Whether it’s your daily bowl of bran flakes or Thanksgiving dinner, food is important to us. We take comfort in our favorite foods and enjoy the companionship of friends and family when we dine. For people with dementia, food may still provide comfort, but the focus begins to shift toward providing adequate nutrition. As dementia progresses, it may leave sufferers unable to feed themselves. Because many nursing homes interpret the phrase “no artificial nutrition or hydration” in patients’ Advance Directives as “no tube, no food,” families are often forced to choose between inserting a feeding tube and withholding food. However, Dr. Joan Teno and her colleagues at Brown University argue that there is another option; careful hand feeding for comfort only.
A recent article in The New York Times explained that in comfort feeding nursing home staff or family caregivers feed small amounts of soft food to patients with advanced dementia. The staff or family member offers food until the patient is satisfied. The amount of food consumed may be only a few spoonfuls of ice cream or banana, but the quantity does not matter because the focus is on providing comfort not calories.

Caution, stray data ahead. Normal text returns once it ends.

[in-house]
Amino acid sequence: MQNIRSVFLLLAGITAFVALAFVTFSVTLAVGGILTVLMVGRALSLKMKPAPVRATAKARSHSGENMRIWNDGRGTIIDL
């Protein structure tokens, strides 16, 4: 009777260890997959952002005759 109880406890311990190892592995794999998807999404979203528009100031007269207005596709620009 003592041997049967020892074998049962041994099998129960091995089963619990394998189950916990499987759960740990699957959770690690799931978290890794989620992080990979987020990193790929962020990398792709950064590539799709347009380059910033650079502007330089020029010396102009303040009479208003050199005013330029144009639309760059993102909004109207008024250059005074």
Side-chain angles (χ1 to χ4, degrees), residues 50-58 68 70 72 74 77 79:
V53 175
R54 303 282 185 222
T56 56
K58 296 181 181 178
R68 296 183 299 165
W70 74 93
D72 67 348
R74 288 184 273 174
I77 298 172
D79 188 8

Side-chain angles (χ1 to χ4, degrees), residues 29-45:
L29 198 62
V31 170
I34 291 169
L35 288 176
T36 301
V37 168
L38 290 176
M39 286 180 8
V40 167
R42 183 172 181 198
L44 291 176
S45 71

Dr. Teno believes that comfort feeding offers a humane approach to end-of-life care for people with advanced dementia. She points to studies showing that feeding tubes do not necessarily prolong the lives of patients with advanced dementia. In addition, feeding tubes do not prevent aspiration in people who cannot swallow, and they are uncomfortable, causing people to be restrained or sedated to keep them from pulling the tubes out. While comfort feeding may offer another option to a feeding tube, it cannot be used for people who are unable to swallow. In addition, comfort feeding also is time consuming and labor intensive.
To read more about comfort feeding in The New York Times, click here.